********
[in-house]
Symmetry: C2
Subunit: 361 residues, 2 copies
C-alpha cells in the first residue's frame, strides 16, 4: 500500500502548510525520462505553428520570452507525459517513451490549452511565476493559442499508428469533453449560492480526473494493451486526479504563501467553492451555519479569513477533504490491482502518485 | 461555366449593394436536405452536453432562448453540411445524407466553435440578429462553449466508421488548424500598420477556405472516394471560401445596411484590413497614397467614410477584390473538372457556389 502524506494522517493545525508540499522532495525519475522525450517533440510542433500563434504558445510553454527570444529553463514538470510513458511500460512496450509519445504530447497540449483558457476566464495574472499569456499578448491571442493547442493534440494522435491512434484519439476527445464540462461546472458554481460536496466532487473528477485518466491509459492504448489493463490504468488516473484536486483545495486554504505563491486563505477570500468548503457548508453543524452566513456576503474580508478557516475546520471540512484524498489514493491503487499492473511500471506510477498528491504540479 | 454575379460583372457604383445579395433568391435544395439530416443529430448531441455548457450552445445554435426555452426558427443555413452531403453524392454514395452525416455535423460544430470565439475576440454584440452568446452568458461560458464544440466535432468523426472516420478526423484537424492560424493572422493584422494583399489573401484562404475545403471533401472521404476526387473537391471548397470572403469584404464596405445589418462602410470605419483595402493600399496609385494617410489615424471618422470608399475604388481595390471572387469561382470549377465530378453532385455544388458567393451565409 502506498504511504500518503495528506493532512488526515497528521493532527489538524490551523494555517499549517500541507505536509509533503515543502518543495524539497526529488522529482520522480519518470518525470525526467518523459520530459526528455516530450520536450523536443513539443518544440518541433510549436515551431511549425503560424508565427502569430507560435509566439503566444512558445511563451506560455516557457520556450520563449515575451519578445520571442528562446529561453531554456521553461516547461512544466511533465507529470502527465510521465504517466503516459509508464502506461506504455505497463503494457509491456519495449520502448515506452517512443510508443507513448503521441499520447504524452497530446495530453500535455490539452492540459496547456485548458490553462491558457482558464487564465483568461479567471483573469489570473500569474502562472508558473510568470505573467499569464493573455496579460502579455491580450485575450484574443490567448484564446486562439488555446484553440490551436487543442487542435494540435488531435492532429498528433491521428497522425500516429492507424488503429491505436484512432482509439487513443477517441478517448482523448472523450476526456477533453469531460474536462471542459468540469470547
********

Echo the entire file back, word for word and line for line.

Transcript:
[in-house]
Symmetry: C2
Subunit: 361 residues, 2 copies
C-alpha cells in the first residue's frame, strides 16, 4: 500500500502548510525520462505553428520570452507525459517513451490549452511565476493559442499508428469533453449560492480526473494493451486526479504563501467553492451555519479569513477533504490491482502518485 | 461555366449593394436536405452536453432562448453540411445524407466553435440578429462553449466508421488548424500598420477556405472516394471560401445596411484590413497614397467614410477584390473538372457556389 502524506494522517493545525508540499522532495525519475522525450517533440510542433500563434504558445510553454527570444529553463514538470510513458511500460512496450509519445504530447497540449483558457476566464495574472499569456499578448491571442493547442493534440494522435491512434484519439476527445464540462461546472458554481460536496466532487473528477485518466491509459492504448489493463490504468488516473484536486483545495486554504505563491486563505477570500468548503457548508453543524452566513456576503474580508478557516475546520471540512484524498489514493491503487499492473511500471506510477498528491504540479 | 454575379460583372457604383445579395433568391435544395439530416443529430448531441455548457450552445445554435426555452426558427443555413452531403453524392454514395452525416455535423460544430470565439475576440454584440452568446452568458461560458464544440466535432468523426472516420478526423484537424492560424493572422493584422494583399489573401484562404475545403471533401472521404476526387473537391471548397470572403469584404464596405445589418462602410470605419483595402493600399496609385494617410489615424471618422470608399475604388481595390471572387469561382470549377465530378453532385455544388458567393451565409 502506498504511504500518503495528506493532512488526515497528521493532527489538524490551523494555517499549517500541507505536509509533503515543502518543495524539497526529488522529482520522480519518470518525470525526467518523459520530459526528455516530450520536450523536443513539443518544440518541433510549436515551431511549425503560424508565427502569430507560435509566439503566444512558445511563451506560455516557457520556450520563449515575451519578445520571442528562446529561453531554456521553461516547461512544466511533465507529470502527465510521465504517466503516459509508464502506461506504455505497463503494457509491456519495449520502448515506452517512443510508443507513448503521441499520447504524452497530446495530453500535455490539452492540459496547456485548458490553462491558457482558464487564465483568461479567471483573469489570473500569474502562472508558473510568470505573467499569464493573455496579460502579455491580450485575450484574443490567448484564446486562439488555446484553440490551436487543442487542435494540435488531435492532429498528433491521428497522425500516429492507424488503429491505436484512432482509439487513443477517441478517448482523448472523450476526456477533453469531460474536462471542459468540469470547